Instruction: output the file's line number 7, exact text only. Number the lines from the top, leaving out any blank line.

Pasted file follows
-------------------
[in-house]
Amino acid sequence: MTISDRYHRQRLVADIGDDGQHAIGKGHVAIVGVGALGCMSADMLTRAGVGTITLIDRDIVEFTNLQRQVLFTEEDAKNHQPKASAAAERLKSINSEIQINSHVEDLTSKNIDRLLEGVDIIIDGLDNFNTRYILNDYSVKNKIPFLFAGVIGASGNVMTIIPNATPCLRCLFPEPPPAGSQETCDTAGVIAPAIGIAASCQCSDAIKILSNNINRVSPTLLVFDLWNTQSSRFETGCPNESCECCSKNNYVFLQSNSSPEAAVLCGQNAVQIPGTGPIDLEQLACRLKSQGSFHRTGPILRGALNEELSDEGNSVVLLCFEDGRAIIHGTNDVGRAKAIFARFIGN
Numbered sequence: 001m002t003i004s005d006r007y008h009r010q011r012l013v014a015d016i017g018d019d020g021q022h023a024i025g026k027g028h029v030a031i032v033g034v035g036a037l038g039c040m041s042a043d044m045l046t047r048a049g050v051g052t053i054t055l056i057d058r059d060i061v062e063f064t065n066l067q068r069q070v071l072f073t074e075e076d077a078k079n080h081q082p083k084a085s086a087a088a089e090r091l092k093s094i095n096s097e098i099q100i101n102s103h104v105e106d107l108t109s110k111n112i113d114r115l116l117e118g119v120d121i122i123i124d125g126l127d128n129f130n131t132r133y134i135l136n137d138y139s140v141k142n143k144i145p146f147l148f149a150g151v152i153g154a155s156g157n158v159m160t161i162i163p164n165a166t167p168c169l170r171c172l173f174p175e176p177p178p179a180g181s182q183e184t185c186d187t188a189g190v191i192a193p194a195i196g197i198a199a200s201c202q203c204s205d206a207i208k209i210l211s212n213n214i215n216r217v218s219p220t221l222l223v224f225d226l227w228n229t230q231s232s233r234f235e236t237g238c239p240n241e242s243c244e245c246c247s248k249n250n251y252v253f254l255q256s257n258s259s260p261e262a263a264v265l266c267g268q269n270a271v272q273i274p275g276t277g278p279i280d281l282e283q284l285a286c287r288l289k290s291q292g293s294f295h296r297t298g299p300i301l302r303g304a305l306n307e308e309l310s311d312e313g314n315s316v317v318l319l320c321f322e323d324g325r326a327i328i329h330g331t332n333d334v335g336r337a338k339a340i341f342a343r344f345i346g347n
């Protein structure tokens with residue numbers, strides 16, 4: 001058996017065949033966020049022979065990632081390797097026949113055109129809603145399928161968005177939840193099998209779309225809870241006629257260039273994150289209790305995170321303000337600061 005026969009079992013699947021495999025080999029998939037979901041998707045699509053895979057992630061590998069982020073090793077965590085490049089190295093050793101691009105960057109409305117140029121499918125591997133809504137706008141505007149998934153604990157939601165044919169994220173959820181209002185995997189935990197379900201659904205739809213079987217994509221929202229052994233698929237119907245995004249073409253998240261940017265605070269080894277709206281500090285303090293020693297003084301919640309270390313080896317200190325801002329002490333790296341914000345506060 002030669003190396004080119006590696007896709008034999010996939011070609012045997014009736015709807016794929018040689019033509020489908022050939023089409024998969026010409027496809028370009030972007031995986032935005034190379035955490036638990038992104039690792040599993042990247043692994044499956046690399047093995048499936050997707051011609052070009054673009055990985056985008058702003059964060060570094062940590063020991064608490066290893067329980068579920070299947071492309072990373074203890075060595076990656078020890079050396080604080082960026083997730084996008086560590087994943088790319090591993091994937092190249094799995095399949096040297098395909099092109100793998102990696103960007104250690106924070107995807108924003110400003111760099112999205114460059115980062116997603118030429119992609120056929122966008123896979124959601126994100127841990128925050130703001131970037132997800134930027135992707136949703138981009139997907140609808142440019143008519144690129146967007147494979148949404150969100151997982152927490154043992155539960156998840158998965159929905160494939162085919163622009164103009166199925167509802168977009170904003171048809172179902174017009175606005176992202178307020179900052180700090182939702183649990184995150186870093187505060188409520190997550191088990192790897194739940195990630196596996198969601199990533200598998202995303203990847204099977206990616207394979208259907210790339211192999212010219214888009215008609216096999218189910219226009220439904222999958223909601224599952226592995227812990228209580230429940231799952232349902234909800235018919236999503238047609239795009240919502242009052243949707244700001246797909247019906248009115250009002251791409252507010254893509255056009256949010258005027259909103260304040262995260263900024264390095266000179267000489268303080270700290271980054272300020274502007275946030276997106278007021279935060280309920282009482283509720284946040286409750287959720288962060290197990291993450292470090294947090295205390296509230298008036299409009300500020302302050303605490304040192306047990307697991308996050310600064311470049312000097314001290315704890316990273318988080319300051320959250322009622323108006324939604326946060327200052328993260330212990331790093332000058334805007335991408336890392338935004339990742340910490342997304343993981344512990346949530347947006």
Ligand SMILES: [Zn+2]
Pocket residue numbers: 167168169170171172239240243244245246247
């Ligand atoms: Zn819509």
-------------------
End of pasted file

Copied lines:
């Ligand atoms: Zn819509």